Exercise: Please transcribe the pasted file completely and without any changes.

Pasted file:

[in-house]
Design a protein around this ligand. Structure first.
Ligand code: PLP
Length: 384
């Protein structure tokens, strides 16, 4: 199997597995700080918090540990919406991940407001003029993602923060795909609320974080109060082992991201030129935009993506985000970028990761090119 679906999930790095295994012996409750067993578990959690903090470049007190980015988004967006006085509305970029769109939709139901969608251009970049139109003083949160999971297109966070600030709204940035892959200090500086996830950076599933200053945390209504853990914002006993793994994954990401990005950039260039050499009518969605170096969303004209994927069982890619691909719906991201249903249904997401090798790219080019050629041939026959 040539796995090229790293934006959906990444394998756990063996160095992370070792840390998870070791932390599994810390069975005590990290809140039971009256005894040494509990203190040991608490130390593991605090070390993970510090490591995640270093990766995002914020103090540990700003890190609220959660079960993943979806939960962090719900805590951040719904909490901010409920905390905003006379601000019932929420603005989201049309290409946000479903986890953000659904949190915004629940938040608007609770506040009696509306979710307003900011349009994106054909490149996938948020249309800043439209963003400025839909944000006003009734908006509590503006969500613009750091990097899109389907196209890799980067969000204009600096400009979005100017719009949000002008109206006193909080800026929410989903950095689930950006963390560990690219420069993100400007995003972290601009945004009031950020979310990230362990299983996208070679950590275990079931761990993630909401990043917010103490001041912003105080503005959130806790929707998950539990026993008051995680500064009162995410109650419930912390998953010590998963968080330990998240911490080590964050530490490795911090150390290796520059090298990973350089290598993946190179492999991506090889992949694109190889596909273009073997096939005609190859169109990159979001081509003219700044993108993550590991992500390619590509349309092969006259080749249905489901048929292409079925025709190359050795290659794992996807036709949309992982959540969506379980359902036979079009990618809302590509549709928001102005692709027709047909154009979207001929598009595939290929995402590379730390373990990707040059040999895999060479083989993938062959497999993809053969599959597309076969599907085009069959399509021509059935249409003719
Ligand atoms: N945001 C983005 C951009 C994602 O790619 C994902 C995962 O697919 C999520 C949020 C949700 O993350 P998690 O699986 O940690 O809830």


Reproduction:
[in-house]
Design a protein around this ligand. Structure first.
Ligand code: PLP
Length: 384
């Protein structure tokens, strides 16, 4: 199997597995700080918090540990919406991940407001003029993602923060795909609320974080109060082992991201030129935009993506985000970028990761090119 679906999930790095295994012996409750067993578990959690903090470049007190980015988004967006006085509305970029769109939709139901969608251009970049139109003083949160999971297109966070600030709204940035892959200090500086996830950076599933200053945390209504853990914002006993793994994954990401990005950039260039050499009518969605170096969303004209994927069982890619691909719906991201249903249904997401090798790219080019050629041939026959 040539796995090229790293934006959906990444394998756990063996160095992370070792840390998870070791932390599994810390069975005590990290809140039971009256005894040494509990203190040991608490130390593991605090070390993970510090490591995640270093990766995002914020103090540990700003890190609220959660079960993943979806939960962090719900805590951040719904909490901010409920905390905003006379601000019932929420603005989201049309290409946000479903986890953000659904949190915004629940938040608007609770506040009696509306979710307003900011349009994106054909490149996938948020249309800043439209963003400025839909944000006003009734908006509590503006969500613009750091990097899109389907196209890799980067969000204009600096400009979005100017719009949000002008109206006193909080800026929410989903950095689930950006963390560990690219420069993100400007995003972290601009945004009031950020979310990230362990299983996208070679950590275990079931761990993630909401990043917010103490001041912003105080503005959130806790929707998950539990026993008051995680500064009162995410109650419930912390998953010590998963968080330990998240911490080590964050530490490795911090150390290796520059090298990973350089290598993946190179492999991506090889992949694109190889596909273009073997096939005609190859169109990159979001081509003219700044993108993550590991992500390619590509349309092969006259080749249905489901048929292409079925025709190359050795290659794992996807036709949309992982959540969506379980359902036979079009990618809302590509549709928001102005692709027709047909154009979207001929598009595939290929995402590379730390373990990707040059040999895999060479083989993938062959497999993809053969599959597309076969599907085009069959399509021509059935249409003719
Ligand atoms: N945001 C983005 C951009 C994602 O790619 C994902 C995962 O697919 C999520 C949020 C949700 O993350 P998690 O699986 O940690 O809830």